(Abhyankar, 1997) explored the intraday variations in bid-ask spreads, return volatility and trading volume based upon a sample of 835 stocks that were traded on the London Stock Exchange in the 1990s. The objective of the study included evidence-based outcomes of intraday behaviors based upon the trading volume per transaction; spreads and volumes across portfolios of diverse variations in liquidity; and the number of transactions that occur per 15 minute intervals. The intraday behaviors were observed based upon the assumptions that the volume would be concentrated over the course of the day; that negative correlations are reflected between volume and depth; and that positive correlations are reflected between volatility and volume. The outcomes of the study indicated that the average bid-ask spread reflects a U-shape during trading hours and that the spread is at its peak at the market open. 

(Wang & Yau, 2000) estimated the elasticity and parameters of the bid-ask spread, price volatility, and trading volume in a structural, 3 equation model and found a positive correlation between price volatility and trading volume and an inverse correlation between the bid-ask spread and trading volume. The relationship between price volatility and trading volume is based upon the theories of the mixture of distributions hypothesis (MDH) and the sequential information model (SIM). The outcomes of the study also confirmed that the bid-ask spread, price volatility, and trading volume are endogenously determined. However, in regard to the Deutsche mark futures and the S& P 500, only the bid-ask spread is found to be the endogenous variable in cases where the dependent variable is the trading volume.

Market Delta Footprint Charts

The analytical complexity of institutional trading summons a diversity of methods for financial data analysis that provide visual revelations based upon high-level market theory. The footprint chart was made possible by rapid advancements in computer technology that prompted electronic trading and the development of sophisticated software programs that could contain and process a large magnitude of required financial data (Market Delta, 2016). The footprint chart leverages the financial data within highly structured presentations that improve insight and expand the potential of both large and small volume trading. 

Common footprint charts are created from stock exchange information and provide the location of volume across a series of prices; the order flow; and the price data discrete volume (Market Delta, 2016). The footprint chart has been developed based upon Bid/Ask; Total Volume; Delta Profile; Visibility; Volume (Delta Color) Footprint; Bid/Ask Volume and several other types. The darker the shading in the footprint chart, the more the aggressive the trading. According to Market Data, the footprint chart “is a dissection of the bar” and “quantifies and displays the exertion of energy by the buyers and sellers”.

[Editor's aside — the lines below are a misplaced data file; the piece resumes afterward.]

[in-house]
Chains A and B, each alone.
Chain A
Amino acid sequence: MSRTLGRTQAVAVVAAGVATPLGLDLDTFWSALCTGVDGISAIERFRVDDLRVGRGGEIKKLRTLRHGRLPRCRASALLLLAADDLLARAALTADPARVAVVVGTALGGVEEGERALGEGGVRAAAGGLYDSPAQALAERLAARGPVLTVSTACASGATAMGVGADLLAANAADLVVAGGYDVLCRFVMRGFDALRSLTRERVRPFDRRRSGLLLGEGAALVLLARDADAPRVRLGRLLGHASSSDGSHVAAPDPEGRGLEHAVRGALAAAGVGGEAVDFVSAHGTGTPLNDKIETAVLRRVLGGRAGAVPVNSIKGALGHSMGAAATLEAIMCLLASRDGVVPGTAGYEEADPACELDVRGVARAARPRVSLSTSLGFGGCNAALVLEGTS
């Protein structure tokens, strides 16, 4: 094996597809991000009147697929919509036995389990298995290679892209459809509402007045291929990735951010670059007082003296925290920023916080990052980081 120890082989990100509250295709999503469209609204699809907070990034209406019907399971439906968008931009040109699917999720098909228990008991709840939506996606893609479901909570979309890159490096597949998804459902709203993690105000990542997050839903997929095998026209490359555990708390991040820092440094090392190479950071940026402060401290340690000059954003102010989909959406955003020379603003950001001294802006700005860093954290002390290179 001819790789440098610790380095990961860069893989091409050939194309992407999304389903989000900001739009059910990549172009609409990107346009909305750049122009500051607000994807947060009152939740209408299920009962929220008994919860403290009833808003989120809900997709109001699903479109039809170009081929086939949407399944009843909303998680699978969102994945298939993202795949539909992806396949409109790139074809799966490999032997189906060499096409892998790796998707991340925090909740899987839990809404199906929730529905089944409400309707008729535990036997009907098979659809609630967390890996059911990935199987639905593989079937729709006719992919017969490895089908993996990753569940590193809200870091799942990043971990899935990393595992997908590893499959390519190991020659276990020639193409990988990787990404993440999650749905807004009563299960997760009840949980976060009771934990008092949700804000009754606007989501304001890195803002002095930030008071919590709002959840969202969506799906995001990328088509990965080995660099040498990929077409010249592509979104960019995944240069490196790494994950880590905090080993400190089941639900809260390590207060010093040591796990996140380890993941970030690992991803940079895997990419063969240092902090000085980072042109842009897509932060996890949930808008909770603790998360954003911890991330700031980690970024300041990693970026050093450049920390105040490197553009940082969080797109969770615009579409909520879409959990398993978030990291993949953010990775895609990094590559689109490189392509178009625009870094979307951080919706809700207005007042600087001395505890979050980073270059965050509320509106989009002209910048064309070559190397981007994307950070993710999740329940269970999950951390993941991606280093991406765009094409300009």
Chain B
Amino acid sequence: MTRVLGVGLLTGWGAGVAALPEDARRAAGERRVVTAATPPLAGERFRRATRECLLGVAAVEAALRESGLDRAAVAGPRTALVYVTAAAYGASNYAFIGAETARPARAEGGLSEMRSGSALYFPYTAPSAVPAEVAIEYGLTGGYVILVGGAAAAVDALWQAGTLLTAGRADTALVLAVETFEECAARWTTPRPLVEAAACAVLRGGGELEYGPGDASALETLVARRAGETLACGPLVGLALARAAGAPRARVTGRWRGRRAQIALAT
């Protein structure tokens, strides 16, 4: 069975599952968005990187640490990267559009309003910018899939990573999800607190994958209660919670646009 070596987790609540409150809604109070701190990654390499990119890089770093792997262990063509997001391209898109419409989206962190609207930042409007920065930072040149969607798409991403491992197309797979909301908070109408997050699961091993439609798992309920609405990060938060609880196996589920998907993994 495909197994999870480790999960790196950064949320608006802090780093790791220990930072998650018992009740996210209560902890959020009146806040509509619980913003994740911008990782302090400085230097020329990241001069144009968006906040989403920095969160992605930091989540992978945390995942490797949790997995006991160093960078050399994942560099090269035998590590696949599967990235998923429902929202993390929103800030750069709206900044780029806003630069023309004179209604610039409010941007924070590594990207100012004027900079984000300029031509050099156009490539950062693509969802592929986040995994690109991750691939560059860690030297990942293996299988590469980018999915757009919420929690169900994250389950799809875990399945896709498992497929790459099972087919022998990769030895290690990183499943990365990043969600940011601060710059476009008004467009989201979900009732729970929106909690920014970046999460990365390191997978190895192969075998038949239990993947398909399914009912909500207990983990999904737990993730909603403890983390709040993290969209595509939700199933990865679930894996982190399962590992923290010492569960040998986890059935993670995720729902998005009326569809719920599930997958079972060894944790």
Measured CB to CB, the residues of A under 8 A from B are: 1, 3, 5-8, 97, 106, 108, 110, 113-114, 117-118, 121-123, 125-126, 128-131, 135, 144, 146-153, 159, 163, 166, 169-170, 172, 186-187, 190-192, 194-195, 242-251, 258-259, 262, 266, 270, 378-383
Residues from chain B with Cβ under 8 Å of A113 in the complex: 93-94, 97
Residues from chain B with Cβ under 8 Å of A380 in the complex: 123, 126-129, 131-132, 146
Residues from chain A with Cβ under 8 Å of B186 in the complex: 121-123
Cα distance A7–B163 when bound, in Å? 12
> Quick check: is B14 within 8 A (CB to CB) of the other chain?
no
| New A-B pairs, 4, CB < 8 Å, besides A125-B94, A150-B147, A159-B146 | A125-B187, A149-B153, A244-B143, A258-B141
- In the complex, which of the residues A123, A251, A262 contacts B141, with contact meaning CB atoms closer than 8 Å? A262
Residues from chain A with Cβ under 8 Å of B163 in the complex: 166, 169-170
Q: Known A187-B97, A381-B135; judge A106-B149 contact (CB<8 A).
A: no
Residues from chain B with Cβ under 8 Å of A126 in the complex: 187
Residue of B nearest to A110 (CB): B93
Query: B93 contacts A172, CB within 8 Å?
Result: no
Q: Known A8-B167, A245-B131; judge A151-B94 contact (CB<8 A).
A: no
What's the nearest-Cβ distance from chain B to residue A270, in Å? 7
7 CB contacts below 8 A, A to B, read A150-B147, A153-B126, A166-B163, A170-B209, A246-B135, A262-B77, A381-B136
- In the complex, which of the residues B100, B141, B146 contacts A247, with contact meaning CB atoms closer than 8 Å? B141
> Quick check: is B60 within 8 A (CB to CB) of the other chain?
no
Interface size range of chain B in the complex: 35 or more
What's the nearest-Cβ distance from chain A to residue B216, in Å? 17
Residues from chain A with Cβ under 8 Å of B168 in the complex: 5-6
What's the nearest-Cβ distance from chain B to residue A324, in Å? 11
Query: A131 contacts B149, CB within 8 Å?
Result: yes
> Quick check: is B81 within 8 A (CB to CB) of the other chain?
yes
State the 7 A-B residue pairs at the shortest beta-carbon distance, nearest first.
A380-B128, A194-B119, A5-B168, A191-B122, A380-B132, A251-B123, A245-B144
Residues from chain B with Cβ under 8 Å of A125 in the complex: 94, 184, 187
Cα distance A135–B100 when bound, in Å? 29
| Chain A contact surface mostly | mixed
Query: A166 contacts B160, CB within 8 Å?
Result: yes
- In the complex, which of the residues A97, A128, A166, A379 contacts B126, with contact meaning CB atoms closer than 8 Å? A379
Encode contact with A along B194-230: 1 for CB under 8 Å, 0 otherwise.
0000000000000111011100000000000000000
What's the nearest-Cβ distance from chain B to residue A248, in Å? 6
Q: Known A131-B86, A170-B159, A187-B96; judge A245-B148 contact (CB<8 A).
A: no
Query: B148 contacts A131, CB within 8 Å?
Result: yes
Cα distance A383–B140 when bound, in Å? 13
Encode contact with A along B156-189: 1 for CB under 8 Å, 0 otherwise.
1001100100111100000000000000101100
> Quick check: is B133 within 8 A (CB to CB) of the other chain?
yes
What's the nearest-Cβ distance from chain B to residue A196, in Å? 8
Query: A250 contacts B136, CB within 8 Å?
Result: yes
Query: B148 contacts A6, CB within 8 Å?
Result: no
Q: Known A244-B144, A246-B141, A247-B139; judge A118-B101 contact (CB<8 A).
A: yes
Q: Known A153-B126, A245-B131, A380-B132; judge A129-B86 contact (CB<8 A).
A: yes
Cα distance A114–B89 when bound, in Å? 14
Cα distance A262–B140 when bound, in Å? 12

The cumulative delta volume analysis allows the investor to visualize the auction process that occurs within the market. Momentum shifts and divergencies are observed between the buyers and sellers in order to pinpoint potential entries into market trends or to counter trend trades. Figure 3 shows a Delta Profile footprint chart, which provides a DELTA distribution as opposed to volume: 

Figure 3. Delta Profile Footprint Chart (Market Delta, 2016) 

The absolute delta for each stock price are displayed along with absolute values. The blue deltas are positive values and the red deltas are negative. The larger the absolute delta measure, the larger the footprint. (Harris & Raviv, 1993) supported that a positive correlation exists between volume and absolute price changes as well as between volume and absolute changes in the average projections of final payouts. Thus, the benefits of the Delta Profile include the visual clustering of the negative and positive delta relative to price on a price by price basis; and thus, if the trends are becoming stronger or weaker. 

The behaviors of the bid-ask spread, trading volume and price volatility are often researched in terms of market reaction and interactions that may be used to predict the prices of futures. The trading volume is depicted by a U-shape; but rather is represented by a double hump with highs at approximately 9:30am and 4pm (Abhyankar, 1997). Figure 4 shows a Volume (Delta Color) footprint chart, which is a depiction of the volume percentage from the trading dominant side: